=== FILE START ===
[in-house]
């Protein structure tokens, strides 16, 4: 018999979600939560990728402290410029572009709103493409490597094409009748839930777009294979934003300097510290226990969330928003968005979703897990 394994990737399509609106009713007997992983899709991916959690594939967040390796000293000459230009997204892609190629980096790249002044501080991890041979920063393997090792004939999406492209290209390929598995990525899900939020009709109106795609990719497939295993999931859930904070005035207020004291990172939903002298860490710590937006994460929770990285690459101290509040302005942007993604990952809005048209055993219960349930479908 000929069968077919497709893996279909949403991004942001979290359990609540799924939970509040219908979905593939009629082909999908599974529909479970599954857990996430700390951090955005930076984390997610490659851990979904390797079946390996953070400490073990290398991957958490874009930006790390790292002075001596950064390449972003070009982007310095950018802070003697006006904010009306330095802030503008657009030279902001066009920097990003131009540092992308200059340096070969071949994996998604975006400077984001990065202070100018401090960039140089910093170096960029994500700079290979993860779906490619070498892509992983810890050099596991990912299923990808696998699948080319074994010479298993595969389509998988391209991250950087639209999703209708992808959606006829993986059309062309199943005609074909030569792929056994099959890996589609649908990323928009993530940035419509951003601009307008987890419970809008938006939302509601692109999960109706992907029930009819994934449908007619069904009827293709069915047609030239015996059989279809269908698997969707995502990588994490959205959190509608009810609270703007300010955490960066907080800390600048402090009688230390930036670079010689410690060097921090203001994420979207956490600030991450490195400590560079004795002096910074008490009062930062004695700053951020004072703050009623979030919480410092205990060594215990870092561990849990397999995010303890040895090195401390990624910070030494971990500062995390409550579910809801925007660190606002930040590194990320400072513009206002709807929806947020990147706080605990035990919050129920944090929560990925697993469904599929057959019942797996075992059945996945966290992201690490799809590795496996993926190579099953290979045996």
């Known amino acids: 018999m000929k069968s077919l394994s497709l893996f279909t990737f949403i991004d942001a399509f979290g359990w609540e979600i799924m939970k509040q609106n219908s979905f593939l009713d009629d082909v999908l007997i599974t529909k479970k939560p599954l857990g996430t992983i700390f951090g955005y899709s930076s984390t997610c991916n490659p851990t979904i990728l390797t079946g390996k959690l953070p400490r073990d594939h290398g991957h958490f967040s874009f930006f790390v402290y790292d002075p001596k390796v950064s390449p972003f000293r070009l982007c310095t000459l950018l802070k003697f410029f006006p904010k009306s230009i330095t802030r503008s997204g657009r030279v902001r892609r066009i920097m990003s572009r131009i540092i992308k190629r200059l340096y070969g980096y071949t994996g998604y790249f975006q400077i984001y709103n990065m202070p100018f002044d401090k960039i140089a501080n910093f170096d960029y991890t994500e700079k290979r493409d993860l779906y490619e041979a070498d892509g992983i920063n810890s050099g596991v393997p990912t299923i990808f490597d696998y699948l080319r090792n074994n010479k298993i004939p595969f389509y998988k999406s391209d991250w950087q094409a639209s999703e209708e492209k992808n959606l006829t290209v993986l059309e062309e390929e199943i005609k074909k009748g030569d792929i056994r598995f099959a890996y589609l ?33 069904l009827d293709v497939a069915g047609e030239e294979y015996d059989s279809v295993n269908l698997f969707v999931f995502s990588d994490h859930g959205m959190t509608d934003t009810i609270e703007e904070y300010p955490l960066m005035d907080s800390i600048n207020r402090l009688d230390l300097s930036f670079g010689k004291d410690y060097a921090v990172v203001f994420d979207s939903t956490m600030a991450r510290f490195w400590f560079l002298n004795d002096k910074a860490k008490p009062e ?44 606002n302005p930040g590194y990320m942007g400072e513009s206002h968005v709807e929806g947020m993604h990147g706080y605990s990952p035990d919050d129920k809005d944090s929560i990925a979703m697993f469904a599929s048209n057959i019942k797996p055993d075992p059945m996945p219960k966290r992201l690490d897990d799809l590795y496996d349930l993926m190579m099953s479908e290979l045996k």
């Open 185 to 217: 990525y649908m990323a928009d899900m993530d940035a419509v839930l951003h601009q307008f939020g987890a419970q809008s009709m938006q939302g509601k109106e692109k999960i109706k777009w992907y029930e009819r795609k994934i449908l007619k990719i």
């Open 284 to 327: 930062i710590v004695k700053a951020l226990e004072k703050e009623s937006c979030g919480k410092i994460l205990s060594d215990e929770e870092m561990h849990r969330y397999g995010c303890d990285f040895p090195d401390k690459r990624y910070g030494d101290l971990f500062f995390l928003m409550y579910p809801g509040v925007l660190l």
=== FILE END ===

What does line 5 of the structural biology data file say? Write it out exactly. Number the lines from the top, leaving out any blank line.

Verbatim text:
């Open 284 to 327: 930062i710590v004695k700053a951020l226990e004072k703050e009623s937006c979030g919480k410092i994460l205990s060594d215990e929770e870092m561990h849990r969330y397999g995010c303890d990285f040895p090195d401390k690459r990624y910070g030494d101290l971990f500062f995390l928003m409550y579910p809801g509040v925007l660190l």